It’s called Facebook, not Friendbook

23 Sep

Dear Losers,

 I feel like in college it’s a competition of how many friends you can have. I thought this would end in high school! It’s like an Easter egg hunt- whoever gathers the most friends in the quickest time is the coolest. Ready, set, GO!

It’s just weird because your number of Facebook friends are publicized on your page and people really make a big deal about it.

 But how many groups of CLOSE friends can you really have?  When did the need to have so many friends become such a big deal?

 Madison, 16

Dear Reader,

Sadly, I think it’s always been a big deal with the high school and college set, but Facebook made it an even bigger deal by putting a number on it.

You can’t take that number seriously. It should come with a warning.

Mia has 4,459 Friends*

*Friends include :

  • Creepy guys I’ve never met
  • People I met at a party and never saw again
  • Celebrities I will never meet
  • Everyone from my high school
  • All 900 cousins from my Irish-Catholic family
  • Actual friends that would recognize me on the street
  • My dog
  • My dog’s friends
  • and so on and so forth.

Would that qualifier make you feel better? Because for most who have THOUSANDS of friends, that’s what their friend count represents. I have never met someone who has said,

 “Join me and 3,000 of my closest friends to celebrate my 19th Birthday!”

That being said, I have never met Kim Kardashian.

Photo: buzznetwork

Personally, I have no idea what my friend count is. (I’m sure it’s low by modern standards.)Nor do I know the count of any of my friends.

(I’m sure it’s higher than mine. Bitches).

Then again, I may learn their friend count just to annoy them.

Only 2,500 friends, Molly? Well, make it 2,499. I can’t be seen with someone with such a low friend count. Sorry!

(Shrug, pivot, throw hands around shoulders of your more popular friends.)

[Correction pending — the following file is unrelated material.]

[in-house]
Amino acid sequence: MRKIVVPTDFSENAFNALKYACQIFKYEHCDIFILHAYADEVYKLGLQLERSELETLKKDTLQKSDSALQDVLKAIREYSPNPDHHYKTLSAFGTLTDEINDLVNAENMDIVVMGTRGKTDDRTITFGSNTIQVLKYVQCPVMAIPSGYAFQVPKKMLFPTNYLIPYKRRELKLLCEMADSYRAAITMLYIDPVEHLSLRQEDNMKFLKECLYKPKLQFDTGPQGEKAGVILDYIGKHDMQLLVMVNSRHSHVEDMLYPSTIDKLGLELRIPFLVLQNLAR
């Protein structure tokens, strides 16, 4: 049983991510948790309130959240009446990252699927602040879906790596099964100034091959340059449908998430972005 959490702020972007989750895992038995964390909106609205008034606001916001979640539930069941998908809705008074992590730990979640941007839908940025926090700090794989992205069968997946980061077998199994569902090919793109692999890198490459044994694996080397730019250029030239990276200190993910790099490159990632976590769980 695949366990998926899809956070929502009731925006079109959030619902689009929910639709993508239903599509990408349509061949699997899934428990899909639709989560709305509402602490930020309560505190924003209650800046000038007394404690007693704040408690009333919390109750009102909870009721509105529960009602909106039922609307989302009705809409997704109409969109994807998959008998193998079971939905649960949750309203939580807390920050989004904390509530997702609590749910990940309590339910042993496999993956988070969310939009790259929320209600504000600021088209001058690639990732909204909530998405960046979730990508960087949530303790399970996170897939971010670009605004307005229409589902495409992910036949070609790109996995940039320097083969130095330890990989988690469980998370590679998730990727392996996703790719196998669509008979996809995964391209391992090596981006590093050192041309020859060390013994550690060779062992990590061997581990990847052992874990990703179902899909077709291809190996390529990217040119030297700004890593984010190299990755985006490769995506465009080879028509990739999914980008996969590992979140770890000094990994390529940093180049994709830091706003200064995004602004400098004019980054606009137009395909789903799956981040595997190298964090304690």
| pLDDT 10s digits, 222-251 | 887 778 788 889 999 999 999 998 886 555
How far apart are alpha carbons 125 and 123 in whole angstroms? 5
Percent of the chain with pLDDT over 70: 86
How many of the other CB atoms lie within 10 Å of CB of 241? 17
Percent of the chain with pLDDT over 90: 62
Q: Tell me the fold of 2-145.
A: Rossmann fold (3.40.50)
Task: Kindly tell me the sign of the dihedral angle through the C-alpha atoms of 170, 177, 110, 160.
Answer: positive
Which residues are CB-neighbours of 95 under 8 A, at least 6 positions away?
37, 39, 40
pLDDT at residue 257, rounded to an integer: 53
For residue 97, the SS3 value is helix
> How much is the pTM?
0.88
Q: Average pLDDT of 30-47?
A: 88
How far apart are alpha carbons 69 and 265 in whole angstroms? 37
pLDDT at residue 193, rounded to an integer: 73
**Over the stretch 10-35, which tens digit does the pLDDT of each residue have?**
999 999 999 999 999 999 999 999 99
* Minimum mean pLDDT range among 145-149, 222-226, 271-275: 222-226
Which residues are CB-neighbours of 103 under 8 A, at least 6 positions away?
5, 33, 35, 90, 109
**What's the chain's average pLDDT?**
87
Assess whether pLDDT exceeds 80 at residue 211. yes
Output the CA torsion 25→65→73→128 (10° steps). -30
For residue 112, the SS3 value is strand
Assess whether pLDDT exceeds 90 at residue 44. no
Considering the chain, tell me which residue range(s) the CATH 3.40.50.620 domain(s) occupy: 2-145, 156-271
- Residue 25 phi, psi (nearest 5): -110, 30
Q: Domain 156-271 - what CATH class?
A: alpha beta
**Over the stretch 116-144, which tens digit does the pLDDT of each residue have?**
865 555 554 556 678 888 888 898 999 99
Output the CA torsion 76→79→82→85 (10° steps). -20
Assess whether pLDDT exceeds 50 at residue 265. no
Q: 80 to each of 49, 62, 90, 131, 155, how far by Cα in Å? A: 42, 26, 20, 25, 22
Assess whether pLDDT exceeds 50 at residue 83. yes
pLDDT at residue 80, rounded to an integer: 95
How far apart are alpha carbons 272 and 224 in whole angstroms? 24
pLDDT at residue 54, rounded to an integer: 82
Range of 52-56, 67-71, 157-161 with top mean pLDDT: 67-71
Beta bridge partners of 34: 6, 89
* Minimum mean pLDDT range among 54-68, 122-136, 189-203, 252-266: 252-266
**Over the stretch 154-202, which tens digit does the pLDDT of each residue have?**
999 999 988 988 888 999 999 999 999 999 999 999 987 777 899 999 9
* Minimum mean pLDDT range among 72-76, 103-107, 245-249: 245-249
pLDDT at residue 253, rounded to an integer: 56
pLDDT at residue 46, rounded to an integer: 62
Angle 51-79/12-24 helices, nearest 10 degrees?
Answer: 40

Here are some tips from my years of Friend Politics that you might find helpful.

1. For a lot of people, more friends = more validation.

Look at me! I have ‘x’ amount of friends…I must be important, right?  RIGHT?! 

Look,  if  having a ridiculous amount of friends/acquaintances works for you and these friendships make you a better person, then rock on. Some people are really extroverted and are good at balancing a million friends.  But if you’re striving to make random acquaintances, I mean ‘friends’, for bragging rights and validation you’re probably wasting your time.

It all sounds completely overwhelming to me. When I was growing up, it was super cool to have a best friend to hang out with all the time, and share a Best Friends necklace with.

I can’t imagine what it’s like now. Instead of a split heart that says Best Friends, it must be a split heart that says

“1,032nd Friend”

Luckily, as you get older, the ‘friend’ obsession subsides for most people. You don’t need to have 1,000+ Facebook friends to feel validated. You have bigger things to worry about. Like paying rent. Or who owns a better house than you.

2. Everything is a competition, but it’s your choice to compete or not.

Everything can be turned into a competition these days -singing, stand-up, number of reality shows your family has, how much weight you can lose. It makes us feel the need to compete all the damn time, so that we can brag about it on Facebook, on our reality show, or on top of a Swiss Mountain with an alpenhorn.

I can eat more maggots than you! I can unroll the TP faster! I can make more Facebook friends in one hour!

Again, you choose to participate in this competitions or not. At least Fear Factor pays. What do you get from having more Facebook friends….except the validation of people who care how many Facebook friends you have?